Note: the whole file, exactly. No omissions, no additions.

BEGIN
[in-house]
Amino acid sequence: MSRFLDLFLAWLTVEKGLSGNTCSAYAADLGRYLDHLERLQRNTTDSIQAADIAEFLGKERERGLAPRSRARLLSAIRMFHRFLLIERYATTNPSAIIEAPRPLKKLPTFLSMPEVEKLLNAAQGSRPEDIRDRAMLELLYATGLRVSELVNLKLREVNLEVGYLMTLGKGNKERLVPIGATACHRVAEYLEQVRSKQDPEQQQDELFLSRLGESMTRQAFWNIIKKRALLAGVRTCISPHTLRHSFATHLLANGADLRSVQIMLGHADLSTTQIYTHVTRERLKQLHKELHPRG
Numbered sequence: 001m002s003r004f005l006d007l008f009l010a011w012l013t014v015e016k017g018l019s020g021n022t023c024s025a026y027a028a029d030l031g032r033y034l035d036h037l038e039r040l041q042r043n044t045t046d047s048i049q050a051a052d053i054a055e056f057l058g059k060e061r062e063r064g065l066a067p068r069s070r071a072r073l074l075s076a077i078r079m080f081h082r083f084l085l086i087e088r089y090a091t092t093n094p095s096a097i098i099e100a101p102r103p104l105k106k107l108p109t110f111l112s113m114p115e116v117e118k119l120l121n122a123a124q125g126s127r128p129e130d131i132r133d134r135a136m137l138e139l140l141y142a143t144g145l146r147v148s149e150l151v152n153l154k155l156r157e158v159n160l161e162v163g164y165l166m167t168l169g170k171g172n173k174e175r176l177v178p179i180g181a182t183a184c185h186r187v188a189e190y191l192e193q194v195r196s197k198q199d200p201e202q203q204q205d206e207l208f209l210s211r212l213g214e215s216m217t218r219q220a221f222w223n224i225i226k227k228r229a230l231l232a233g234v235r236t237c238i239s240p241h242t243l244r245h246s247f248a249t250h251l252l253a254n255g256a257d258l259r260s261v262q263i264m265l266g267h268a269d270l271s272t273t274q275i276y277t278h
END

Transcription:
[in-house]
Amino acid sequence: MSRFLDLFLAWLTVEKGLSGNTCSAYAADLGRYLDHLERLQRNTTDSIQAADIAEFLGKERERGLAPRSRARLLSAIRMFHRFLLIERYATTNPSAIIEAPRPLKKLPTFLSMPEVEKLLNAAQGSRPEDIRDRAMLELLYATGLRVSELVNLKLREVNLEVGYLMTLGKGNKERLVPIGATACHRVAEYLEQVRSKQDPEQQQDELFLSRLGESMTRQAFWNIIKKRALLAGVRTCISPHTLRHSFATHLLANGADLRSVQIMLGHADLSTTQIYTHVTRERLKQLHKELHPRG
Numbered sequence: 001m002s003r004f005l006d007l008f009l010a011w012l013t014v015e016k017g018l019s020g021n022t023c024s025a026y027a028a029d030l031g032r033y034l035d036h037l038e039r040l041q042r043n044t045t046d047s048i049q050a051a052d053i054a055e056f057l058g059k060e061r062e063r064g065l066a067p068r069s070r071a072r073l074l075s076a077i078r079m080f081h082r083f084l085l086i087e088r089y090a091t092t093n094p095s096a097i098i099e100a101p102r103p104l105k106k107l108p109t110f111l112s113m114p115e116v117e118k119l120l121n122a123a124q125g126s127r128p129e130d131i132r133d134r135a136m137l138e139l140l141y142a143t144g145l146r147v148s149e150l151v152n153l154k155l156r157e158v159n160l161e162v163g164y165l166m167t168l169g170k171g172n173k174e175r176l177v178p179i180g181a182t183a184c185h186r187v188a189e190y191l192e193q194v195r196s197k198q199d200p201e202q203q204q205d206e207l208f209l210s211r212l213g214e215s216m217t218r219q220a221f222w223n224i225i226k227k228r229a230l231l232a233g234v235r236t237c238i239s240p241h242t243l244r245h246s247f248a249t250h251l252l253a254n255g256a257d258l259r260s261v262q263i264m265l266g267h268a269d270l271s272t273t274q275i276y277t278h